Cuba's renowned cigar makers could export at least $250 million to the United States yearly if the five-decade embargo on the communist island is lifted, a top executive said Tuesday.
While the current US Congress looks unlikely to lift the embargo, the historic rapprochement announced in December by US President Barack Obama and his Cuban counterpart Raul Castro had industry insiders wistfully asking "What if?"
"I think we could (export) $250 million or more," said Jorge Luis Fernandez Maique, commercial vice president at Habanos S.A., a joint venture between the Cuban government and Britain's Imperial Tobacco.
Cuba has 70 percent market share for global cigar sales outside the United States, which accounts for two-thirds of world sales.
Fernandez Maique predicted Cuba could reach 25 to 30 percent market share in a post-embargo United States.
With that figure, "we would be the leader in the (US) market," he told AFP at the 17th Habano Festival, a five-day celebration of Cuban cigars in Havana.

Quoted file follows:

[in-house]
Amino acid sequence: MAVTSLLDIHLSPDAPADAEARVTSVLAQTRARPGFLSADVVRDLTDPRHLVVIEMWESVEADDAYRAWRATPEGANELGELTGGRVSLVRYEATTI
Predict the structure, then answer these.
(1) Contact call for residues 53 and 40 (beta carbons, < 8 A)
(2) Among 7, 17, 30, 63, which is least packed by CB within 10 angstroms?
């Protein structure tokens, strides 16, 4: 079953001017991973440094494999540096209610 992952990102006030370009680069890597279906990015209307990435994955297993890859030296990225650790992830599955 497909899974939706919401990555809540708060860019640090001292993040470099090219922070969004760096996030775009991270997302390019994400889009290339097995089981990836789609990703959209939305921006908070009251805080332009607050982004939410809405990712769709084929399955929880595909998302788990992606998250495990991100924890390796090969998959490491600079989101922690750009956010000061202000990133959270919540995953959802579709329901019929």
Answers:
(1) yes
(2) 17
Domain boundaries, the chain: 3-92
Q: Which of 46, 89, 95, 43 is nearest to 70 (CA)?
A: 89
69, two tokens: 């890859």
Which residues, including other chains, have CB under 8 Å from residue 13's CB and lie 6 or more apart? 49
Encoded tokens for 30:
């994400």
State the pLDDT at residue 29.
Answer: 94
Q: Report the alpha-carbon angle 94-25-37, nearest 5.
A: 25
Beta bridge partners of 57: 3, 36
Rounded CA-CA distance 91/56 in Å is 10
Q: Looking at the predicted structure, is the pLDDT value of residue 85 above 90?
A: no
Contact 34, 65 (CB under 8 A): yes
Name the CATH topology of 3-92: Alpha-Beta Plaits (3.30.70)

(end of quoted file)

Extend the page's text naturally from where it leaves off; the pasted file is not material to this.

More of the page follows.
But he acknowledged the United States was a "highly competitive and very complicated market."
"The competition's not just going to keep their arms crossed. We would have to reach consumers. We have some consumers in the United States, but not the majority," he said.
The cigar festival has drawn 1,600 cheroot aficionados from around the world.
At the opening day Monday, Habanos announced global sales of $439 million in 2014, down one percent from 2013.
Cigars are one of Cuba's main exports, after nickel, medicine and sugar.
After Obama and Castro announced a thaw in ties between the former Cold War foes on December 17, the White House eased certain trade and travel restrictions.
The measures included allowing American travelers to bring back up to $100 of Cuban rum and cigars.